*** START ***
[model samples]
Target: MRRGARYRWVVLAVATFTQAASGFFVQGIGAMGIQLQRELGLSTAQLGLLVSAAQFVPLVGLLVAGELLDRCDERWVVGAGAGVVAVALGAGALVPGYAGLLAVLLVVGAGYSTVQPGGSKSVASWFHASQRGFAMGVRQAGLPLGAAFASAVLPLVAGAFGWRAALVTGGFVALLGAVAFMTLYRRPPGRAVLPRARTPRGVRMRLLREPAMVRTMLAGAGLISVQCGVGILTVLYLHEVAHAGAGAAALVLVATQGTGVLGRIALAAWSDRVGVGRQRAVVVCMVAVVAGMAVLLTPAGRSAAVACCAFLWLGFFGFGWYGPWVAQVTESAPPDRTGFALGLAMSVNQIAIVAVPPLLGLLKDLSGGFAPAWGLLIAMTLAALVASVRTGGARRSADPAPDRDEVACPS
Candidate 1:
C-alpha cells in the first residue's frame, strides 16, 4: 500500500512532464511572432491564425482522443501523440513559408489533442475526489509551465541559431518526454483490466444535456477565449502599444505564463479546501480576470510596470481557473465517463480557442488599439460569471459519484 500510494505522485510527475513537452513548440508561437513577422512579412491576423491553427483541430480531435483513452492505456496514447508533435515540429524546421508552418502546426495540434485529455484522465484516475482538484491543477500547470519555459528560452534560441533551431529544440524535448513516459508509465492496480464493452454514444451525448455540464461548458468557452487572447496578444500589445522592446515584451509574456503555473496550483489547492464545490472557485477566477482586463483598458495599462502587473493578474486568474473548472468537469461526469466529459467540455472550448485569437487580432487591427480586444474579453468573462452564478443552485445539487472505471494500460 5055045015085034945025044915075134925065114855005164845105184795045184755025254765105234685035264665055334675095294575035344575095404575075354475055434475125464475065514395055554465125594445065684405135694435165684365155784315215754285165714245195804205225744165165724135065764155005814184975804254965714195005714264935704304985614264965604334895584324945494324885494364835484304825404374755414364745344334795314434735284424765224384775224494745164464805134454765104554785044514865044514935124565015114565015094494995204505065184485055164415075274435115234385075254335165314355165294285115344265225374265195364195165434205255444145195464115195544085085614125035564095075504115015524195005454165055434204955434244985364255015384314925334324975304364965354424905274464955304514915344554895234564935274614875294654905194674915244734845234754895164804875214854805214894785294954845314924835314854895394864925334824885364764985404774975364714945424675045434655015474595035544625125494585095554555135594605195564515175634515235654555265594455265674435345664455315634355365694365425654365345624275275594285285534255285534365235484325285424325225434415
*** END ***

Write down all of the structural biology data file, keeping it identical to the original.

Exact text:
[model samples]
Target: MRRGARYRWVVLAVATFTQAASGFFVQGIGAMGIQLQRELGLSTAQLGLLVSAAQFVPLVGLLVAGELLDRCDERWVVGAGAGVVAVALGAGALVPGYAGLLAVLLVVGAGYSTVQPGGSKSVASWFHASQRGFAMGVRQAGLPLGAAFASAVLPLVAGAFGWRAALVTGGFVALLGAVAFMTLYRRPPGRAVLPRARTPRGVRMRLLREPAMVRTMLAGAGLISVQCGVGILTVLYLHEVAHAGAGAAALVLVATQGTGVLGRIALAAWSDRVGVGRQRAVVVCMVAVVAGMAVLLTPAGRSAAVACCAFLWLGFFGFGWYGPWVAQVTESAPPDRTGFALGLAMSVNQIAIVAVPPLLGLLKDLSGGFAPAWGLLIAMTLAALVASVRTGGARRSADPAPDRDEVACPS
Candidate 1:
C-alpha cells in the first residue's frame, strides 16, 4: 500500500512532464511572432491564425482522443501523440513559408489533442475526489509551465541559431518526454483490466444535456477565449502599444505564463479546501480576470510596470481557473465517463480557442488599439460569471459519484 500510494505522485510527475513537452513548440508561437513577422512579412491576423491553427483541430480531435483513452492505456496514447508533435515540429524546421508552418502546426495540434485529455484522465484516475482538484491543477500547470519555459528560452534560441533551431529544440524535448513516459508509465492496480464493452454514444451525448455540464461548458468557452487572447496578444500589445522592446515584451509574456503555473496550483489547492464545490472557485477566477482586463483598458495599462502587473493578474486568474473548472468537469461526469466529459467540455472550448485569437487580432487591427480586444474579453468573462452564478443552485445539487472505471494500460 5055045015085034945025044915075134925065114855005164845105184795045184755025254765105234685035264665055334675095294575035344575095404575075354475055434475125464475065514395055554465125594445065684405135694435165684365155784315215754285165714245195804205225744165165724135065764155005814184975804254965714195005714264935704304985614264965604334895584324945494324885494364835484304825404374755414364745344334795314434735284424765224384775224494745164464805134454765104554785044514865044514935124565015114565015094494995204505065184485055164415075274435115234385075254335165314355165294285115344265225374265195364195165434205255444145195464115195544085085614125035564095075504115015524195005454165055434204955434244985364255015384314925334324975304364965354424905274464955304514915344554895234564935274614875294654905194674915244734845234754895164804875214854805214894785294954845314924835314854895394864925334824885364764985404774975364714945424675045434655015474595035544625125494585095554555135594605195564515175634515235654555265594455265674435345664455315634355365694365425654365345624275275594285285534255285534365235484325285424325225434415